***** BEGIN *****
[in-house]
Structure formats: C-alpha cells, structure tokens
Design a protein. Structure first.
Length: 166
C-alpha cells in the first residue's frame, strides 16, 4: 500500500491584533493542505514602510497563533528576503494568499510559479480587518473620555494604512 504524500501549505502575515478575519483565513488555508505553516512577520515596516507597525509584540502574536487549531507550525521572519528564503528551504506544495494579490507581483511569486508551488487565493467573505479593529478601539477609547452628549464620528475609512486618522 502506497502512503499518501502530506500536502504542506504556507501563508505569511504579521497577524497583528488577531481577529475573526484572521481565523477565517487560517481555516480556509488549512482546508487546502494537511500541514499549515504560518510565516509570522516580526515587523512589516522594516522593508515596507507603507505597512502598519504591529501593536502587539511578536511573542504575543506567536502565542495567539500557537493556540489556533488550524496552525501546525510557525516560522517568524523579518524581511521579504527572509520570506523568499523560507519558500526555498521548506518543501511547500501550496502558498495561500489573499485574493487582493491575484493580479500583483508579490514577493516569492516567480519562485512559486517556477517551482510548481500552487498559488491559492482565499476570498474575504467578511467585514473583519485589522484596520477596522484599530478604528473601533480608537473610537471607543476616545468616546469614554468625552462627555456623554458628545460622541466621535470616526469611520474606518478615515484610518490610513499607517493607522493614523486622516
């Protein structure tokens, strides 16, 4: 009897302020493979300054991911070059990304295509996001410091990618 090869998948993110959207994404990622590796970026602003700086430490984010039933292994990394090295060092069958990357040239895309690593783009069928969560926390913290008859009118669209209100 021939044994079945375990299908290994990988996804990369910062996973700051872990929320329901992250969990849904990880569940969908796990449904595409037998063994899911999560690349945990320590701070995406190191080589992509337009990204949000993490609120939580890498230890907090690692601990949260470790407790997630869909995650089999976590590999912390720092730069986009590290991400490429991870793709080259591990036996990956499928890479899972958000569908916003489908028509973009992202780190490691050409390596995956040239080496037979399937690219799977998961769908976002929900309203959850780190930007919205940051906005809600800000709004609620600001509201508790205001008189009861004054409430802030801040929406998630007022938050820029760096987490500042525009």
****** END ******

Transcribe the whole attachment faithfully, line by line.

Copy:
[in-house]
Structure formats: C-alpha cells, structure tokens
Design a protein. Structure first.
Length: 166
C-alpha cells in the first residue's frame, strides 16, 4: 500500500491584533493542505514602510497563533528576503494568499510559479480587518473620555494604512 504524500501549505502575515478575519483565513488555508505553516512577520515596516507597525509584540502574536487549531507550525521572519528564503528551504506544495494579490507581483511569486508551488487565493467573505479593529478601539477609547452628549464620528475609512486618522 502506497502512503499518501502530506500536502504542506504556507501563508505569511504579521497577524497583528488577531481577529475573526484572521481565523477565517487560517481555516480556509488549512482546508487546502494537511500541514499549515504560518510565516509570522516580526515587523512589516522594516522593508515596507507603507505597512502598519504591529501593536502587539511578536511573542504575543506567536502565542495567539500557537493556540489556533488550524496552525501546525510557525516560522517568524523579518524581511521579504527572509520570506523568499523560507519558500526555498521548506518543501511547500501550496502558498495561500489573499485574493487582493491575484493580479500583483508579490514577493516569492516567480519562485512559486517556477517551482510548481500552487498559488491559492482565499476570498474575504467578511467585514473583519485589522484596520477596522484599530478604528473601533480608537473610537471607543476616545468616546469614554468625552462627555456623554458628545460622541466621535470616526469611520474606518478615515484610518490610513499607517493607522493614523486622516
């Protein structure tokens, strides 16, 4: 009897302020493979300054991911070059990304295509996001410091990618 090869998948993110959207994404990622590796970026602003700086430490984010039933292994990394090295060092069958990357040239895309690593783009069928969560926390913290008859009118669209209100 021939044994079945375990299908290994990988996804990369910062996973700051872990929320329901992250969990849904990880569940969908796990449904595409037998063994899911999560690349945990320590701070995406190191080589992509337009990204949000993490609120939580890498230890907090690692601990949260470790407790997630869909995650089999976590590999912390720092730069986009590290991400490429991870793709080259591990036996990956499928890479899972958000569908916003489908028509973009992202780190490691050409390596995956040239080496037979399937690219799977998961769908976002929900309203959850780190930007919205940051906005809600800000709004609620600001509201508790205001008189009861004054409430802030801040929406998630007022938050820029760096987490500042525009």